It's funny at times, because in every show, in every different
country and venue, the reaction of the crowd is always the
same, perfectly timed as if they were controlled by the crew's
"Papa Don't Preach"strings are not
so familiar for no reason: they come straight from the original
version of the song. But it's not the entire composition being
used, but only the first eight beats, repeated twice and then
with their pitch lifted and made higher to replace the second
"virtuoso" part which is missing.
Re-Invention, again, or better "Mannerism".
Listening to the tracks reminded me of the job Stewart Price
was asked to do at the time of Madonna's "Drowned
World Tour". In an old interview, it was explained
that Madonna herself asked Price to work on the master recordings
of the most part of her older back catalogue, to re-sample and
re-master the songs in such a way to have separate digital tracks
for majority of the instruments used in the orchestration.
I have a feeling that this experience was still strong in Stuart's
mind when he started working on the arrangements of the new
2004 live versions and found himself to deal with so many Madonna
classics. Stripping them to the bone and then re-assembling
them again in a different, contemporary, definitely more electro-pop
way is once again what I call Re-Invention, and Mannerism.
"Express Yourself" received a similar
treatment - just listen to the familiar percussion and synth
lines - and the same happened to "Hanky Panky".
This "method" works at its best with the older -
let's say pre "Ray of Light" - Madonna hits. Things
slightly change when it comes to more recent tracks.
"Nobody Knows Me" - easily one
of the show's highlights - is a very recent track musically
speaking - but the live version had a completely new feel
- a difference perceived in such a significant way that a
lot of people who didn't fancy the song too much before the
Tour started suddenly found a place for it in their favourite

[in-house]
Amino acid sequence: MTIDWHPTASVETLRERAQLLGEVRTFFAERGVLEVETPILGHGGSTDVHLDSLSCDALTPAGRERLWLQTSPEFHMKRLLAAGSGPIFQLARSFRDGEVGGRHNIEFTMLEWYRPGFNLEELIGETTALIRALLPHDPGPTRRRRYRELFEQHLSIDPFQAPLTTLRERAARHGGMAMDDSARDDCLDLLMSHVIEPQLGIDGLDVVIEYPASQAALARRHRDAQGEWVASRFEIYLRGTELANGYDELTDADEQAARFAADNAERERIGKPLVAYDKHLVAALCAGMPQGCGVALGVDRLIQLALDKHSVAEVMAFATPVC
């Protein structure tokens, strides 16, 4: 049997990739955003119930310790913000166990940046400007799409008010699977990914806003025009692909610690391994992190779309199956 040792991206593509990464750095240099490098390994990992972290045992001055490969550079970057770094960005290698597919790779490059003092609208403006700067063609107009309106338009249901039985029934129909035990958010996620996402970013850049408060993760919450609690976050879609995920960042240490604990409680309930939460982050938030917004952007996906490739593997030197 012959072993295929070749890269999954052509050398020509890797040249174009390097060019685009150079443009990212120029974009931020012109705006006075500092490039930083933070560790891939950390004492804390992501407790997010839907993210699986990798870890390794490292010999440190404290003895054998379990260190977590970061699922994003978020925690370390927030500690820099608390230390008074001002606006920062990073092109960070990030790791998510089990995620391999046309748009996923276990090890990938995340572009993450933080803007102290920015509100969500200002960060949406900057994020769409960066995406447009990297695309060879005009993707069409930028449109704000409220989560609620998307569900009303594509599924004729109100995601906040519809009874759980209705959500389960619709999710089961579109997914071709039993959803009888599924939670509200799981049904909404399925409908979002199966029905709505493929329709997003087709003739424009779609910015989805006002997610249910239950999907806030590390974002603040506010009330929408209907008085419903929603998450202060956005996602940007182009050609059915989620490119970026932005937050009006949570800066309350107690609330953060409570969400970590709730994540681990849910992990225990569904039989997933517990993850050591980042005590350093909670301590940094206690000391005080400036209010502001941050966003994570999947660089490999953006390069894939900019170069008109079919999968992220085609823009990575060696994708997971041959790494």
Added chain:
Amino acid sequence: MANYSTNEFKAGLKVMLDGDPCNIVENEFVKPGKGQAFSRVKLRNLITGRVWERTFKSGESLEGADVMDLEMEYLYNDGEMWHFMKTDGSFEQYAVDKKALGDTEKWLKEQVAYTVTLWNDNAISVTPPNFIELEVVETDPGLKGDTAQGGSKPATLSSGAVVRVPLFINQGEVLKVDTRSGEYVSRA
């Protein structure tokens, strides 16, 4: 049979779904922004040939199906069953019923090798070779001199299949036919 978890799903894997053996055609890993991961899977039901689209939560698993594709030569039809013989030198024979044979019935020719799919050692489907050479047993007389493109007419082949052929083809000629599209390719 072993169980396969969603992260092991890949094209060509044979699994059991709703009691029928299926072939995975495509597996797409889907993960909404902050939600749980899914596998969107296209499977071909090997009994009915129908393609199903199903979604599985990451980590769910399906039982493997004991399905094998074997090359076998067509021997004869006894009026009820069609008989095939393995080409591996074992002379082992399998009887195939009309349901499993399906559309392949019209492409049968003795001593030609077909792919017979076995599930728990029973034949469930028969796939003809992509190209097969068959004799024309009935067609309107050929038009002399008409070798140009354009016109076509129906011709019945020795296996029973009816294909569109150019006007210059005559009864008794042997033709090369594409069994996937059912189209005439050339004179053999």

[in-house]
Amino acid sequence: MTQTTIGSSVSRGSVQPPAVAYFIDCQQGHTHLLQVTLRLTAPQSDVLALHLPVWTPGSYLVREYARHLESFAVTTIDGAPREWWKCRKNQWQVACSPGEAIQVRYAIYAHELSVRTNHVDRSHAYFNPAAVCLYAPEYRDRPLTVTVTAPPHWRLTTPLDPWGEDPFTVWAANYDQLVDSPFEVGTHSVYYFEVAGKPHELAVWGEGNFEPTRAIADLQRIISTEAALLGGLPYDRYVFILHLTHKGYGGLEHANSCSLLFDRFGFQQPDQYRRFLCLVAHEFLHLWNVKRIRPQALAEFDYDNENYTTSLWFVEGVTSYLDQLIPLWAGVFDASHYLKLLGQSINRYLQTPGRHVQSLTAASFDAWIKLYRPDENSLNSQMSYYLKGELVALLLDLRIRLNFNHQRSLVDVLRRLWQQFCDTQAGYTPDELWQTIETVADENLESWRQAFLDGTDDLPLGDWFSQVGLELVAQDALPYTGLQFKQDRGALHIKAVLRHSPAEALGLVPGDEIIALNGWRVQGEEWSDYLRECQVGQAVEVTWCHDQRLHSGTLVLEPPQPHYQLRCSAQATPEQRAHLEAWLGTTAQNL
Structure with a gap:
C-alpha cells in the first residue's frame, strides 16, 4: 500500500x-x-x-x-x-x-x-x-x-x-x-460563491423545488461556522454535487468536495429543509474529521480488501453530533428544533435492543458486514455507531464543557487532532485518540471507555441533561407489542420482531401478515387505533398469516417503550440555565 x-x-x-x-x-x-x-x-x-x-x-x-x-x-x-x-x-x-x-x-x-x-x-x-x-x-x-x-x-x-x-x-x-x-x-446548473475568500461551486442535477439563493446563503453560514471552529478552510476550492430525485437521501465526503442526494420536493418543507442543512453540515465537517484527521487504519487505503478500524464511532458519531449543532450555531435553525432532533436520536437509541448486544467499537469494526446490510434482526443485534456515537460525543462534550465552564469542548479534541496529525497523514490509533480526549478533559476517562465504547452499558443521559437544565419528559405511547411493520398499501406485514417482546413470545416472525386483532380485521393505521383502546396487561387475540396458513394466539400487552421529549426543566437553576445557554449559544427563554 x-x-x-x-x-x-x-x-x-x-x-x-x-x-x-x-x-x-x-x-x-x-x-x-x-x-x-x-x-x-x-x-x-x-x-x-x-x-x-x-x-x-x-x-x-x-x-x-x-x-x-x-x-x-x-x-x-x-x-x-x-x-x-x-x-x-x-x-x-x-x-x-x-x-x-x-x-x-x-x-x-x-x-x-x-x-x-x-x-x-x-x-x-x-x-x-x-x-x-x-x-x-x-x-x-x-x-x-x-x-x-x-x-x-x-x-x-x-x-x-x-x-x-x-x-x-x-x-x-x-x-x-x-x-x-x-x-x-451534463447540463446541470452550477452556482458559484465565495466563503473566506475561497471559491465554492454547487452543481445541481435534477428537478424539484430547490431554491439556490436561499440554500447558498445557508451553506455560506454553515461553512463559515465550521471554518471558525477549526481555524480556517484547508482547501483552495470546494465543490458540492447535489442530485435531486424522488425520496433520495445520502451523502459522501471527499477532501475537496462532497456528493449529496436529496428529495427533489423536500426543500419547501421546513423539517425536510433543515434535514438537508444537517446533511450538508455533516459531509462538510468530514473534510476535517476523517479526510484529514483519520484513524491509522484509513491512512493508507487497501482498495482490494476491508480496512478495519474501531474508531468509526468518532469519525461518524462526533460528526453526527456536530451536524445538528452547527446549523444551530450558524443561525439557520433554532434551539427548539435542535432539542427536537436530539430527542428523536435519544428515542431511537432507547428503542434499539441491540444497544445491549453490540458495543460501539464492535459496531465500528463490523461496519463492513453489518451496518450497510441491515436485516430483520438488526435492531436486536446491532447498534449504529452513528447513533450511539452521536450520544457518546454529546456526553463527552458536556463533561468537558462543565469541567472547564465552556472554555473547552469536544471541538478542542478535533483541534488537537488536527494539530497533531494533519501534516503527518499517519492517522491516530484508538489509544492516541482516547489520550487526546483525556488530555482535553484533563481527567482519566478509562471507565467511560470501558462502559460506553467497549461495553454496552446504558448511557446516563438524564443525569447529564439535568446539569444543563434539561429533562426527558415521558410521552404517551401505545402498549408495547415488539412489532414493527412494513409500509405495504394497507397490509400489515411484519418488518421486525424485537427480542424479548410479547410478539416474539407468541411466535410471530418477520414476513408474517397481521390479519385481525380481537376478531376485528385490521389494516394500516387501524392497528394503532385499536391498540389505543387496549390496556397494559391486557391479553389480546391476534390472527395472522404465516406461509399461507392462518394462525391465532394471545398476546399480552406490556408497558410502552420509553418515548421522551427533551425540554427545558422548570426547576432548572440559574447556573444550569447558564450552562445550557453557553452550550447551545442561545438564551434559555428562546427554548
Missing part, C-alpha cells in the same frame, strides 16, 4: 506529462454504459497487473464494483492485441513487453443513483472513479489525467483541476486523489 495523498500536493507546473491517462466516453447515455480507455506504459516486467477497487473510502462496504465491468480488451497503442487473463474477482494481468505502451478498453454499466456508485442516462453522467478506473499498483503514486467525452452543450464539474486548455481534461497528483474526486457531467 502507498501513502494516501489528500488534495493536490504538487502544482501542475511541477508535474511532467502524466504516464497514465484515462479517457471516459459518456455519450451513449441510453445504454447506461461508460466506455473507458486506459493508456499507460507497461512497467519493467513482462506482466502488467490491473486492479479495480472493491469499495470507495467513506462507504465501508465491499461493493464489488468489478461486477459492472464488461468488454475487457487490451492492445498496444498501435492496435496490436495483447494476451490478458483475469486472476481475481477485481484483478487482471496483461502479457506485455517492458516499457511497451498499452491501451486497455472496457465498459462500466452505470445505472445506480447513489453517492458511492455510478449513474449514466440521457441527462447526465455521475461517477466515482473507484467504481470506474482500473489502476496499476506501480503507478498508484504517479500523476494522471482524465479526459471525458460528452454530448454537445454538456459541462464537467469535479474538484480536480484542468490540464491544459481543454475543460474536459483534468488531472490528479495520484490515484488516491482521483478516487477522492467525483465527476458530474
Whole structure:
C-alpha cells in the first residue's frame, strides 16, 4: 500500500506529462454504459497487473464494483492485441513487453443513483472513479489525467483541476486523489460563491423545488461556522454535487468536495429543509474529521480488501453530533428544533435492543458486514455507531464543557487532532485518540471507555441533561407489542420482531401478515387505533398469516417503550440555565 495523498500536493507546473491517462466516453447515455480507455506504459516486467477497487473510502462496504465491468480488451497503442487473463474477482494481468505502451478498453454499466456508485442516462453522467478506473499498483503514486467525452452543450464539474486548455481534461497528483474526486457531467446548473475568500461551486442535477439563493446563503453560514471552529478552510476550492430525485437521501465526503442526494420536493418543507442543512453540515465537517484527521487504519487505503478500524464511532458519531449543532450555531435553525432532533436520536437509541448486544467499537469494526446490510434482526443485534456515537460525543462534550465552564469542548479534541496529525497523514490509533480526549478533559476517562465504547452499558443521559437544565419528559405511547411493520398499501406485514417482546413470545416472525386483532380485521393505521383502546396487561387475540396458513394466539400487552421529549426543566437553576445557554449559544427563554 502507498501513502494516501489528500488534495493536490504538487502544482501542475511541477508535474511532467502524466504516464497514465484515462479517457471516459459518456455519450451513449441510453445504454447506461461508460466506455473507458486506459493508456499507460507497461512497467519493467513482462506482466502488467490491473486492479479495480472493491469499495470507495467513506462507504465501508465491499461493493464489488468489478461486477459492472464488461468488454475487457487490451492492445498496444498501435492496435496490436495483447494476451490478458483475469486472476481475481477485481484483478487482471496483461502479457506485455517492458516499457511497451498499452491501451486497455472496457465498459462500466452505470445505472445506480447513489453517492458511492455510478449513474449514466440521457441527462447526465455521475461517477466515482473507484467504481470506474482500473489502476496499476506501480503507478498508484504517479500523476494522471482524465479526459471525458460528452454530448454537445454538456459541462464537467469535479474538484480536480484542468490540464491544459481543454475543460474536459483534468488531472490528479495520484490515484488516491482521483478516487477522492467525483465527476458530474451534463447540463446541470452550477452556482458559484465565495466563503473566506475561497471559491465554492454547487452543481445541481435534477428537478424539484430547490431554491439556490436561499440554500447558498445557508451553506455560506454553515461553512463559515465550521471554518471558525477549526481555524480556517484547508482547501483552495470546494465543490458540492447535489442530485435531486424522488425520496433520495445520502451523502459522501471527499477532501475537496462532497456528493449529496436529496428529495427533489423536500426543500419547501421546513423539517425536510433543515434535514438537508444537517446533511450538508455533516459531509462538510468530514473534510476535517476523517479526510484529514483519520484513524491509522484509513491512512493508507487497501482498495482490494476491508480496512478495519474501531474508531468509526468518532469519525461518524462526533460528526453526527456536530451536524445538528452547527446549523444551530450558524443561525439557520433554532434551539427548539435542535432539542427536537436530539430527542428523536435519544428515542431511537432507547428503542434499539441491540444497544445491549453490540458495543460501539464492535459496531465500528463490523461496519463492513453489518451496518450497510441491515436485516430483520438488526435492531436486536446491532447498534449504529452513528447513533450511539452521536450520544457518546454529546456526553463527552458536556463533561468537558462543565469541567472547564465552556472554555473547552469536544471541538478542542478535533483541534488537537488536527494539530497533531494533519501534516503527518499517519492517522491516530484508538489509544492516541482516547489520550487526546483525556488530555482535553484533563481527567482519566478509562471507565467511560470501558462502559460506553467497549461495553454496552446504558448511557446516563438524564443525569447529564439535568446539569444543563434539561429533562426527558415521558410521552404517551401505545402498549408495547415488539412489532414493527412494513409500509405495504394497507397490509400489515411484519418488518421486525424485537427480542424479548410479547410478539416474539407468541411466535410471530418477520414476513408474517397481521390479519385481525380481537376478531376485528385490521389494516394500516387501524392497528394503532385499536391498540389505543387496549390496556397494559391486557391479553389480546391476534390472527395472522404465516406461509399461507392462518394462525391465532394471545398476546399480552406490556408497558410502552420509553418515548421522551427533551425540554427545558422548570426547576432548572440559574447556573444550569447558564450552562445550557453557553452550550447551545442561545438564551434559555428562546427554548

The "manneristic" attitude here is all in one single
sampled, the one that actually opens the track on the echoes
of the previous song in the setlist ("Vogue, vogue, vogue...")
and that is repeated all over the song - becoming the substructure
of Madonna's solo coreography.
And there's more.
"Music" and "Don't
Tell Me" are not only gathered by the fact they
come from the same album, but they are also the two tracks
that make use of some music borrowed from non-Madonna songs.
As DiscoHub well explained, you can't call it a "sample"
because it's live-played music, but "Music"
makes reference to Lalo Schifrin's "Mission Impossibile"
theme in the same way "Don't Tell Me"
has been performed "à la Rolling Stones".
And there are more loops and samples used here and there,
often from some not-well-know European electropop tunes, something
Price definetly enjoys a lot playing with. He's "Mr Dee-jay"
in that moment of the show anyway isn't he?
The Re-Invention tour versions of the songs in the setlist
do also use a lot of remixed versions as
base of the live performance.
This applies to "American Life",
that quickly shifts from the album version to the Headcleanr
"Hollywood" is based on Stuart
Price's "Thin White Duck" version but also adds
that original bit that - as someone wisely pointed out - turns
"Hollywood" into "Bollywood".
Remixes again for another of the show's interludes, this time
is the Orbital version of "Bedtime
Story" being re-assembled for the new video.
And here comes the necessary exception.